Friday, March 22, 2013

Trade Fair

I woke this morning to a glorious sunny day with the birds singing outside my window. This morning reminded me of life as a teenager back in Bulawayo, Rhodesia and in particular 37 Spreckley Road North End... our home. Those teen years were wonderful, were they not?

It was 1974, I was on leave from the army about halfway through my National Service (which BTW I think is great for all our youth, teaches self discipline and real life skills amongst other things) and the Trade Fair was on again. Bulawayo had an international trade fair every year and grounds well set aside specifically for all of the exhibitors. The venue was located on Hillside Road and bounded by 15th Avenue and Borrow Street to the West, Centenary Park to the North and the Speedway Track on the East.

Anyway I'm probably in this reminiscent mood today because I finished an illustration (composite from photographs and hand sketches) of my parents yesterday while taking medication for a uniquely African illness called 'Bilharzia' a flat worm like blood parasite which can only be contracted from direct exposure to infected and untreated fresh water  such as rivers, lakes or dams. Thinking of Africa of course always invokes memories of the good times and of family and friends. 

Today was one of these days, with the breaking dawn streaming a slivered shaft of golden light through my open window and the sparrows chirping so gaily. Their shadows danced along the shaft of light where it made the golden glow of the cedar bookshelves reflect in flashes of colour around the room. A glorious morning and I was transported back in time to an Autumn Saturday at age 18. I remember laying in bed till well after 8 am just watching the shadows of the sparrows dancing in the shaft of light reflecting off the mahogany bookshelves, as I listened to the singing sparrows. Enjoying the fact that I could lay in for a change. I would surprise my girlfriend Shirley before taking her for Brunch at the La' Gondola Restaurant - little did I know that it was I who would be getting the surprise as I discovered that I was playing second fiddle. Poor Shirley, lost the love of her life that day as I wasn't the only one surprised.

It was a Saturday, I was on pass from the army, just lost the girlfriend and the Trade Fair was on, of course I went home in my VW Purple Morris 500 station wagon and cried to mama. I probably would never have admitted this till today, would've spoilt my image as a macho man.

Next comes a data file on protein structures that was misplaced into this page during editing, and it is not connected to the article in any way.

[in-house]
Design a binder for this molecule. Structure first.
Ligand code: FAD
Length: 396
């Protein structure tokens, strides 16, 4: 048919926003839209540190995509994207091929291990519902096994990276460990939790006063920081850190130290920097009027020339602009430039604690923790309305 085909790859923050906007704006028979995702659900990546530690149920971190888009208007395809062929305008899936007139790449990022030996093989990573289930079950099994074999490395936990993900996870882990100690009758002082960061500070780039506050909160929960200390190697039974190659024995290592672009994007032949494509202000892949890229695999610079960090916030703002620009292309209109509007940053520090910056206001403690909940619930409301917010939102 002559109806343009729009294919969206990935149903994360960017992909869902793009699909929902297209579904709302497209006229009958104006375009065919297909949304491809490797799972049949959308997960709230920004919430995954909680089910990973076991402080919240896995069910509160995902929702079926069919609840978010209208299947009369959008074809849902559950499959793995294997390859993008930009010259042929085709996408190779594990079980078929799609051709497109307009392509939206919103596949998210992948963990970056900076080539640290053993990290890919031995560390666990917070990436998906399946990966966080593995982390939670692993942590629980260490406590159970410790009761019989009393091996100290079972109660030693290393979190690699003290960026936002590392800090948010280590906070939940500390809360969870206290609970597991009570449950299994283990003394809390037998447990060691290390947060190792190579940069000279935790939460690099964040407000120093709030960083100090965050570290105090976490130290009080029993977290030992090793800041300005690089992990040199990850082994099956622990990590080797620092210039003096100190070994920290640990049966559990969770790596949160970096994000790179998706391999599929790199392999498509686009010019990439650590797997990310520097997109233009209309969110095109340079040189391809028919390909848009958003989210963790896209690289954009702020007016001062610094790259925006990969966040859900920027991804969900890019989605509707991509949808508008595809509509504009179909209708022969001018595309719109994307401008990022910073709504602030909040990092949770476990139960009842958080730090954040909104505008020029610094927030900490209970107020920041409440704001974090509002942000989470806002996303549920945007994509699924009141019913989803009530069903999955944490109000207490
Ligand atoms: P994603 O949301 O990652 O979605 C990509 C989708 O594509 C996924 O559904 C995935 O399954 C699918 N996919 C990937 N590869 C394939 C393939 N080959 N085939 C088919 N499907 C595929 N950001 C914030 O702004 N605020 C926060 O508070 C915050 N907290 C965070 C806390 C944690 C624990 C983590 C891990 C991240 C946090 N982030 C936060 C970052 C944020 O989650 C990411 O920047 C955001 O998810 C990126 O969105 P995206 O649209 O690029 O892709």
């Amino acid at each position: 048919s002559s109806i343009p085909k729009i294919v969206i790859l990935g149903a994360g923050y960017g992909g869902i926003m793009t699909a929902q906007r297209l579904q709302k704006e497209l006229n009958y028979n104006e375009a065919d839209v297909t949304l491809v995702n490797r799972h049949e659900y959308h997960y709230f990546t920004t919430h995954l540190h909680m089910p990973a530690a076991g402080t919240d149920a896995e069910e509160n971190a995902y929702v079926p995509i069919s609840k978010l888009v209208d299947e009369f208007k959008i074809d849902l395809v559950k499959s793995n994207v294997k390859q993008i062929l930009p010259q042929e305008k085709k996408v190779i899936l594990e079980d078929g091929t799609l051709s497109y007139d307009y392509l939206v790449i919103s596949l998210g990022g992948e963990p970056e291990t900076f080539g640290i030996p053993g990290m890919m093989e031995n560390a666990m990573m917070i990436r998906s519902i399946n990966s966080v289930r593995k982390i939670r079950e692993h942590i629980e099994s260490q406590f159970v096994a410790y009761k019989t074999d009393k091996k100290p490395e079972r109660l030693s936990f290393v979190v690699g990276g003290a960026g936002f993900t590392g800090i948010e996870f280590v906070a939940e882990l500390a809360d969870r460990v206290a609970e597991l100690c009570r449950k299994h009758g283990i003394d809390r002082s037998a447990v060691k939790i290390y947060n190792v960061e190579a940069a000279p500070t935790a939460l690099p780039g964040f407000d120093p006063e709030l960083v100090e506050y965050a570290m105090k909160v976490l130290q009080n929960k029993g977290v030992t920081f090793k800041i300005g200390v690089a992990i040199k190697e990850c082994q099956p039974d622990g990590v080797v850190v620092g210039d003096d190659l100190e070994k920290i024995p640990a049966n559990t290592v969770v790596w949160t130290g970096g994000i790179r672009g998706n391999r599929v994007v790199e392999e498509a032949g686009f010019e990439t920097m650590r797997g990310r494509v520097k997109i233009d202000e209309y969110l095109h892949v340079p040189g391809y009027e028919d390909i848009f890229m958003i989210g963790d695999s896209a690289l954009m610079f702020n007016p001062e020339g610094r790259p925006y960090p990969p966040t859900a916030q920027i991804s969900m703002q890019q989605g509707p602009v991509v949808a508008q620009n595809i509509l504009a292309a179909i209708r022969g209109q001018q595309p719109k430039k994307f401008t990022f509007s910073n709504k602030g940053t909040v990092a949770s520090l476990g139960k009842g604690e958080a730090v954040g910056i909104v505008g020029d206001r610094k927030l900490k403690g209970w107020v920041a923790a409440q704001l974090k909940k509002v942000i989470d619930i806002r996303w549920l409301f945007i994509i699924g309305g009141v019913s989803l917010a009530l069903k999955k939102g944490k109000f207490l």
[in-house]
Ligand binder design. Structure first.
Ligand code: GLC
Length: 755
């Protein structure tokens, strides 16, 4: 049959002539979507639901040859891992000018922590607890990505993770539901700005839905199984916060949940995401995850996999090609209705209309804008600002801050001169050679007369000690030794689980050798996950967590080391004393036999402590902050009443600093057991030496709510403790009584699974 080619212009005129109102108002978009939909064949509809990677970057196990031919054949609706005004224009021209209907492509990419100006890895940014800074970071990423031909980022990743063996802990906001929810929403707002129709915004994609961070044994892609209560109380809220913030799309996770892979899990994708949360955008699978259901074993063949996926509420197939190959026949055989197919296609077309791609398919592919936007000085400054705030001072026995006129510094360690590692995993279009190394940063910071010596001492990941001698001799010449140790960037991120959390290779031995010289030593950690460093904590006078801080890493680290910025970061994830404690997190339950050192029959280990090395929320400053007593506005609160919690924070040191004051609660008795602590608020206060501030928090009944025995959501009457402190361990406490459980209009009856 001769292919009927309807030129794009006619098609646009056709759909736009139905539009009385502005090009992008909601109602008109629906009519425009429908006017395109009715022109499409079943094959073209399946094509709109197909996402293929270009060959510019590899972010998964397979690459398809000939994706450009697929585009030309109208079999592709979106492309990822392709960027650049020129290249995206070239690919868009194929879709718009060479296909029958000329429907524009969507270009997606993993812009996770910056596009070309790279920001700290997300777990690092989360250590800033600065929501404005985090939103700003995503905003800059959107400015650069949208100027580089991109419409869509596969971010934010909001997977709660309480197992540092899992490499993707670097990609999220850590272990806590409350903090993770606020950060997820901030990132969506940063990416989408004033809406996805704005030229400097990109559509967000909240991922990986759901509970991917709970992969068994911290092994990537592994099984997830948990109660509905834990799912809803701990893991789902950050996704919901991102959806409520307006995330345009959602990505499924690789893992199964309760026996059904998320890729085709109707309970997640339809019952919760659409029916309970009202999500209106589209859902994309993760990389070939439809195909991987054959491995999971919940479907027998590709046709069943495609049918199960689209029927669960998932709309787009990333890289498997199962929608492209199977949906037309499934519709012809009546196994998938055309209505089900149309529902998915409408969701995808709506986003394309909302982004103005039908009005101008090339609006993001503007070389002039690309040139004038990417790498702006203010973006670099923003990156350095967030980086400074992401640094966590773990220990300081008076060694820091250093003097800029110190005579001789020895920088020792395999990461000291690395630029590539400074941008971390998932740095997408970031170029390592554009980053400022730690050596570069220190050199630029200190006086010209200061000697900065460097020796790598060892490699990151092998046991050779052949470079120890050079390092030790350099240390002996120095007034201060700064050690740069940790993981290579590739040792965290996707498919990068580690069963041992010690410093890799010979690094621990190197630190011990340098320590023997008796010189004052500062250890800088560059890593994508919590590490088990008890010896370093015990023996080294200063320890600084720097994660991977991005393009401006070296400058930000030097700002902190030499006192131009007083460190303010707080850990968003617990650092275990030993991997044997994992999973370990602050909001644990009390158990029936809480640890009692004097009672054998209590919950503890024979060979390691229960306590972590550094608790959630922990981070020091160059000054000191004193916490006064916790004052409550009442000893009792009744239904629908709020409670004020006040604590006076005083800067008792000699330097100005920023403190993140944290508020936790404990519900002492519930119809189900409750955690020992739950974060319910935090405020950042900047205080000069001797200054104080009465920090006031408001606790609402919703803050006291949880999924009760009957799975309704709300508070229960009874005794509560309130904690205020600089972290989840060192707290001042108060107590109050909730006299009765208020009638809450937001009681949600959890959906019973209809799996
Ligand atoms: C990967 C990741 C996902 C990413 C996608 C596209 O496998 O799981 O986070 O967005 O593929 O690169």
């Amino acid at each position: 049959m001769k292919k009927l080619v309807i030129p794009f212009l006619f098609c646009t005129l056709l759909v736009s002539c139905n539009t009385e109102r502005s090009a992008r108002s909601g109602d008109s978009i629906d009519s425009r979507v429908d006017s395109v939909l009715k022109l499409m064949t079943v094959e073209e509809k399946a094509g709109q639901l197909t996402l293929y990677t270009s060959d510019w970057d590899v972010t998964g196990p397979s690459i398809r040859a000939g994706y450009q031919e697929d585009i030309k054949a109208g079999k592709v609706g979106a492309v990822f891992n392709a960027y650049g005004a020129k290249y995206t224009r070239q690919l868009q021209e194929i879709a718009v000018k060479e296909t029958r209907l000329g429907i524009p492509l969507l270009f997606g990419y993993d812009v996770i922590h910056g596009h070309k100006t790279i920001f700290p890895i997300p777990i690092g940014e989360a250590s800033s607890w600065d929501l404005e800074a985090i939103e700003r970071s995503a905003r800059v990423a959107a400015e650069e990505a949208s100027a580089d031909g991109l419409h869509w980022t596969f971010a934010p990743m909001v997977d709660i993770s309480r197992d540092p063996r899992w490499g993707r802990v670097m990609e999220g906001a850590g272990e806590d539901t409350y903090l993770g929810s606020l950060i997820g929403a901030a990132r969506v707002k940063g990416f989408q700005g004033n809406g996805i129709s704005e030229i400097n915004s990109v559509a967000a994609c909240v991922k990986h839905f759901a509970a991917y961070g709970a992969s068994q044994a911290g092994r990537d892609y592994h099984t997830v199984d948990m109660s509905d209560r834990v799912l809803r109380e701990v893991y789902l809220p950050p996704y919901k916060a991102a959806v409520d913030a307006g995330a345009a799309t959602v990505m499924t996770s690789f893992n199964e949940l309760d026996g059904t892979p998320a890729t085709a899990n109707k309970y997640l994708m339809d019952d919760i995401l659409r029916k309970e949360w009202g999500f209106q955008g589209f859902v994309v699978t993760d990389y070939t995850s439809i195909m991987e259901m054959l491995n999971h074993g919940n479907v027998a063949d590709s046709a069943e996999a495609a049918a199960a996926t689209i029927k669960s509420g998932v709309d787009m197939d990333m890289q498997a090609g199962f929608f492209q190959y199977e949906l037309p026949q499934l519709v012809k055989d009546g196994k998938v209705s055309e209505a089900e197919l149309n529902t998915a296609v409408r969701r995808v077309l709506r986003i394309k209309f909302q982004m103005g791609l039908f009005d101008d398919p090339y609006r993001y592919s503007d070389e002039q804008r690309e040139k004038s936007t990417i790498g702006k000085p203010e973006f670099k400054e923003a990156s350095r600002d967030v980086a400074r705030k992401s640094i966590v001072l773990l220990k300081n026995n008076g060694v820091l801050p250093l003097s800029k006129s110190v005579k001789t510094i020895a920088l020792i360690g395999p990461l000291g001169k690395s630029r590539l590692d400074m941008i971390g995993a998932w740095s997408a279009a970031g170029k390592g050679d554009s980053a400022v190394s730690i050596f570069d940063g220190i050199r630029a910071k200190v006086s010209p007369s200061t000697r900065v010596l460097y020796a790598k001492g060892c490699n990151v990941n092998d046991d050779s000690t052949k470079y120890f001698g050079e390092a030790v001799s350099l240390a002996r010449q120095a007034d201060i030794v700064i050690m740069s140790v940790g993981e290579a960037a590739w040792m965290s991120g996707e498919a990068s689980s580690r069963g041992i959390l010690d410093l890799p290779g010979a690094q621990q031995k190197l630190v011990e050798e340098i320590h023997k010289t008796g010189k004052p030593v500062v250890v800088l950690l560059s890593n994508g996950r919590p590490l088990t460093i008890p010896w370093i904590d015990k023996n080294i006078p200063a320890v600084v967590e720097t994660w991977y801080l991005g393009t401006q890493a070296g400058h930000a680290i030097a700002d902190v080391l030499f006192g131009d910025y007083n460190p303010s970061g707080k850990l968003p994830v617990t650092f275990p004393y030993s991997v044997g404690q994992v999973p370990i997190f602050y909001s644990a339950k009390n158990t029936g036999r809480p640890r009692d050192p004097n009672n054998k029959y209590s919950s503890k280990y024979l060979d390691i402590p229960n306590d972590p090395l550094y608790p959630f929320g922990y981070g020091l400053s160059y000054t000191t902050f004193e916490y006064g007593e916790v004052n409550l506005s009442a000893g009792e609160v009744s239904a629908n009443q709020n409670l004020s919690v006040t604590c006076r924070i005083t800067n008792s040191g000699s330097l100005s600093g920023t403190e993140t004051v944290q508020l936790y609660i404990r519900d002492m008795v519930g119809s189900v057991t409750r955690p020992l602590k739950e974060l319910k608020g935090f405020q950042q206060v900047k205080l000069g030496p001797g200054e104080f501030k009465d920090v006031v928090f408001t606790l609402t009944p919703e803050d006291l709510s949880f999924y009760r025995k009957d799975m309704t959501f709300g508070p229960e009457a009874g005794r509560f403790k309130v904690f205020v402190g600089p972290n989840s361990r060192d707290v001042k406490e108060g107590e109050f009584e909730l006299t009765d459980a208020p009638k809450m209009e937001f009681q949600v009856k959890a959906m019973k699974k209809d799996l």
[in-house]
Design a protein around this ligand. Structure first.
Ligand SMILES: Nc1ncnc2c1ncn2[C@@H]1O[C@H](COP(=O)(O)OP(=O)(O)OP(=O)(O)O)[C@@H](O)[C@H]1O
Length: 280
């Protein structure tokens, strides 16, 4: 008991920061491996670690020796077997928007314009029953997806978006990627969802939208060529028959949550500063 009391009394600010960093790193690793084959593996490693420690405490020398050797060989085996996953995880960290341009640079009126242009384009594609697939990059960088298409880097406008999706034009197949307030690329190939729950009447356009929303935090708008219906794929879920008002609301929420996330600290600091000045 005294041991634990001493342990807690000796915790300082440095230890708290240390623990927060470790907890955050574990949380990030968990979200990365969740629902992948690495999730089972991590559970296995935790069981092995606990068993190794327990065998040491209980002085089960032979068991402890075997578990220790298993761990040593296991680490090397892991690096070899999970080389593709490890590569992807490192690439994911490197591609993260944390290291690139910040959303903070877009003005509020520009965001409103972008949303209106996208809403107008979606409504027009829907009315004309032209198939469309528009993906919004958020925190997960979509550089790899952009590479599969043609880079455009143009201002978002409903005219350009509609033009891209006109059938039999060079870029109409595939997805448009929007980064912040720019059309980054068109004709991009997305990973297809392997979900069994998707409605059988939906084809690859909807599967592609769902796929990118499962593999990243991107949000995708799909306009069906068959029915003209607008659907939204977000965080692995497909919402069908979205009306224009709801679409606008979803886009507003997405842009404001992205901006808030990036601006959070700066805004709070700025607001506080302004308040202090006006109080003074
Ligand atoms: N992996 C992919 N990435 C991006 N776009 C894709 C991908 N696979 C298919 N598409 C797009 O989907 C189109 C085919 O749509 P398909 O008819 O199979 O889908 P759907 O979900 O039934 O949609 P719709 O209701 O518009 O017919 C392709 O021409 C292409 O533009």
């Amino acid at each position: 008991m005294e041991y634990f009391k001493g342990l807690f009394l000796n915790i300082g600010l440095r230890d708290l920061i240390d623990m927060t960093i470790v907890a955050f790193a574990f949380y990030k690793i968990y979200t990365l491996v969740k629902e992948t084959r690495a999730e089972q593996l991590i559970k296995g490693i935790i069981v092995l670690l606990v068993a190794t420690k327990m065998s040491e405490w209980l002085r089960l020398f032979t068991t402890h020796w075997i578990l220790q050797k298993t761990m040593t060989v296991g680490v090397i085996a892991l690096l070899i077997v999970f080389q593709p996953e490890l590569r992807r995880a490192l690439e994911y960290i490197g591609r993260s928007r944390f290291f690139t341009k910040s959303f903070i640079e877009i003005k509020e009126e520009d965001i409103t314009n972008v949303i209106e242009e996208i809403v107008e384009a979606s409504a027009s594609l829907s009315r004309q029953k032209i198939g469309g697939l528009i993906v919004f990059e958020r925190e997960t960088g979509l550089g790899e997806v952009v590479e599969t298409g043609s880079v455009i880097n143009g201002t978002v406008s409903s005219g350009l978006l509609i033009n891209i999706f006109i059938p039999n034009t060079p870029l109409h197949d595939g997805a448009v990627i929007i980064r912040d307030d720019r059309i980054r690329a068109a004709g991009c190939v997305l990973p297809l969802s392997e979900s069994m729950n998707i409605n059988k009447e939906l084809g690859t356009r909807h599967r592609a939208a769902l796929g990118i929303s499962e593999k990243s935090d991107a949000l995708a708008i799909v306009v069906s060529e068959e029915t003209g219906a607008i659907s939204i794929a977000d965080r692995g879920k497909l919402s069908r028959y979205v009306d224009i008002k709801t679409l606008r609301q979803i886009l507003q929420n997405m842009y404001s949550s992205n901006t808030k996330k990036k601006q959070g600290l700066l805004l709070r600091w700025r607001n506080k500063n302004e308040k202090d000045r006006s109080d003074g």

Mom asked me to take her to the Trade Fair, I guess to take my mind off Shirley and I agreed, I must say we had an absolute ball in Luna Park. My Mom loved the thrill of the rides, the scarier the better... hell she used to get me to take her for rides on my motorcycles and nothing was scarier than that! I wrote off three of the things, was on a first name basis with hospital emergency staff as I couldn't go six months without busting myself up.

Whilst we were waiting in line for one of the rides at Luna Park who should come along but a bunch of the fella's that I was serving with ("Oh no!", there goes the macho image I thought - bugger!) I hoped that they wouldn't recognise me out of uniform... no such luck, they spotted me instantly. "Hey! Platypus ( a term of endearment - NOT!) gonna introduce us to your bird", says Tom. "She's better looking than your last one" John quips. More banter as half a dozen guys try to crack onto my Mom while they all think she is my new squeeze. When the guys moved on my Mom gave my arm (which she had been hanging onto all evening) a squeeze with delight as she said, "Thanks for not telling them I'm your mother - it makes me feel wonderfully young again". That night I realised that my Mother was a very attractive lady and my Dad was a very lucky fellow. It would be several months before the truth came out as I invited these same fellows to a party at our house for a bit of R & R.

What a great Saturday that turned out to be!


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